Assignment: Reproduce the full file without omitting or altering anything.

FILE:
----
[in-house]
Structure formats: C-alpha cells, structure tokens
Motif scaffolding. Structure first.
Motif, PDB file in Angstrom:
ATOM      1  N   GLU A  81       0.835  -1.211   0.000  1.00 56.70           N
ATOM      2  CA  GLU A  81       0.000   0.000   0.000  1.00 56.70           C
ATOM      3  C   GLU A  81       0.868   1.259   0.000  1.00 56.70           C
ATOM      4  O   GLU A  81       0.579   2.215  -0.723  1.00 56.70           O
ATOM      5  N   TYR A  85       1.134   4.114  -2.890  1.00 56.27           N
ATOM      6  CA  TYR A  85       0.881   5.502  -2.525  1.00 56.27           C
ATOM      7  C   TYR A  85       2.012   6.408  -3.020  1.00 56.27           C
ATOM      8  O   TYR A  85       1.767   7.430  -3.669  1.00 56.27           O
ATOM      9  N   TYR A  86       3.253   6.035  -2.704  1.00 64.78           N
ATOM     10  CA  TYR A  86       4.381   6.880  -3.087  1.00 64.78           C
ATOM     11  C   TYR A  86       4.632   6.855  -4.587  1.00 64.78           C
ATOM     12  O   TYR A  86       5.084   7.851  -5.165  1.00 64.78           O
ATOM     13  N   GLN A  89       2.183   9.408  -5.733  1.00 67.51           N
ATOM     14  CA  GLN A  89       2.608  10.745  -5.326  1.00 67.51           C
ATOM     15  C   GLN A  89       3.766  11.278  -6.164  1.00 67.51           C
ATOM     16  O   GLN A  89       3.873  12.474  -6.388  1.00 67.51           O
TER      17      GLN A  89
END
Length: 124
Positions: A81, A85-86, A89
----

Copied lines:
[in-house]
Structure formats: C-alpha cells, structure tokens
Motif scaffolding. Structure first.
Motif, PDB file in Angstrom:
ATOM      1  N   GLU A  81       0.835  -1.211   0.000  1.00 56.70           N
ATOM      2  CA  GLU A  81       0.000   0.000   0.000  1.00 56.70           C
ATOM      3  C   GLU A  81       0.868   1.259   0.000  1.00 56.70           C
ATOM      4  O   GLU A  81       0.579   2.215  -0.723  1.00 56.70           O
ATOM      5  N   TYR A  85       1.134   4.114  -2.890  1.00 56.27           N
ATOM      6  CA  TYR A  85       0.881   5.502  -2.525  1.00 56.27           C
ATOM      7  C   TYR A  85       2.012   6.408  -3.020  1.00 56.27           C
ATOM      8  O   TYR A  85       1.767   7.430  -3.669  1.00 56.27           O
ATOM      9  N   TYR A  86       3.253   6.035  -2.704  1.00 64.78           N
ATOM     10  CA  TYR A  86       4.381   6.880  -3.087  1.00 64.78           C
ATOM     11  C   TYR A  86       4.632   6.855  -4.587  1.00 64.78           C
ATOM     12  O   TYR A  86       5.084   7.851  -5.165  1.00 64.78           O
ATOM     13  N   GLN A  89       2.183   9.408  -5.733  1.00 67.51           N
ATOM     14  CA  GLN A  89       2.608  10.745  -5.326  1.00 67.51           C
ATOM     15  C   GLN A  89       3.766  11.278  -6.164  1.00 67.51           C
ATOM     16  O   GLN A  89       3.873  12.474  -6.388  1.00 67.51           O
TER      17      GLN A  89
END
Length: 124
Positions: A81, A85-86, A89